Instagram is connecting me with some amazing resources! I bought copy of the spring edition of Bite Size Magazine for $6.95 last week and was so impressed I thought I would do up this little review on how it can help primary schooler’s learn about new foods. Food exposures don’t have to always be physical! Ideas I have covered here on the blog include #creativeplaywithfood (a month long celebration of food exposures away from mealtimes with Shannon from Oh Creative Day), edible paint with vegetable paint brushes and this little list of more ideas for non-mealtime exposure to food.
It generally takes children time and repeated neutral exposure to learn to eat new food – Ellyn Satter, Children’s Feeding Specialist – Division Of Responsibility and Eating Competency Models
Ellyn Satter’s work has helped me embrace opportunities to help kids “sneak-up” on new foods and be creative in doing this. However, the digital age is a new world for trying to work out how we can leverage the screen’s power to actually enhance nutrition experiences. In fact, Dr Kristy Goodwin and I recently presented a comprehensive video event about how screens can sabotage mealtimes. However, we emphasised that setting and protecting the right boundaries can assist nutrition and enhance your child’s learning. (Get access to our video event here – it’s ready for your parenting / educator tool box when you are).
Therefore, to find Bite Size Magazine was the icing on my cake last week. It is a digital resource I’d recommend to parents and children all about the wonderful world of food based on cool facts with oodles of “kid-appeal”. This eMagazine is perfect for co-viewing with your preschooler and also for your independent readers (ages approx. 6+). The spontaneous conversations that we got out of reading the magazine together were priceless. Did you know that by co-viewing content children are more likely to learn more?!
Ellie’s Top Four Fun Facts Covered the Magazine:
- Why beans give you wind
- What they eat in a typical day in Japan
- Why Asparagus makes your wee smell
- The low-down on whisking (which we harnessed in this week’s episode of Ellie’s cooking show – our asparagus souffle omelette).
We are also looking forward to finishing the food related activity sheets that are printable from the eMagazine’s embedded link and possibly entering the competitions for some awesome giveaways 🙂
What is Bite Size Magazine? Bite Size Magazine is a quarterly food e-magazine for kids. It is most suitable for kids aged 8 years and over, to be read with the assistance of an adult. Every issue of Bite Size Magazine will feature articles that educate kids about many important food related topics, including; seasonal produce, age appropriate recipes, kitchen skills, current topical food issues, the paddock to plate process, what and how kids in other countries eat, healthy lunchboxes and many interactive activities (which can be printed from the magazine). We also have fantastic giveaways and discount codes from @georgethefarmerau, @getkidscooking, @whole_kids, and of course Edible Education. Purchase your copy of the e-magazine for $6.95 from www.edibleeducation.com.au/bitesizemag/.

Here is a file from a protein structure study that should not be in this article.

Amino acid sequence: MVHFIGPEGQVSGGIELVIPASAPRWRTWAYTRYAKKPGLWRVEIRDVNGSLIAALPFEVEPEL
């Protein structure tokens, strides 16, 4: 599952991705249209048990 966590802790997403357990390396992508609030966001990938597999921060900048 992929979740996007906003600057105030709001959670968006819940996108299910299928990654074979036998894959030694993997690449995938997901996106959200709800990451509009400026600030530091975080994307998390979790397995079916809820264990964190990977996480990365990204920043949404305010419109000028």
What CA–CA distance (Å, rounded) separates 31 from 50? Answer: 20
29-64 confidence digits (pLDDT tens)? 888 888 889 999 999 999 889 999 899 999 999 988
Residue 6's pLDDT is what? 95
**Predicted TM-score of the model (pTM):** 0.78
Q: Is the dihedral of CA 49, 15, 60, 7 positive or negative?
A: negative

More details from Emma Martin, Registered Nutritionist from Edible Education about the magazine…
“Bite Size Magazine is a quarterly e-magazine for kids, based on the prevailing season, to create a greater awareness and understanding about healthy eating and where food comes from. Our aim is to educate and empower kids to lead a healthy life and make informed food choices. The magazine is most suitable for kids aged 8 years and over to read the content, with the assistance of an adult, and apply those learnings in daily life. It is a unique products and is created by qualified nutritionist Emma Martin. Every issue of Bite Size Magazine will feature articles that educate kids about many important food related topics, including; seasonal produce, age appropriate recipes, kitchen skills, current topical food issues, the paddock to plate process, what and how kids in other countries eat, healthy lunchboxes and include many interactive activities (which can be printed from the magazine) and giveaways.”
You can purchase your copy here.
Disclaimer/Disclosure/Gratitude: Feature image credit to Edible Education. I bought a copy of this magazine myself. I have no financial affiliation with this eMagazine.
What digital resources do you like to co-view with your kids? Any that focus on food exposures?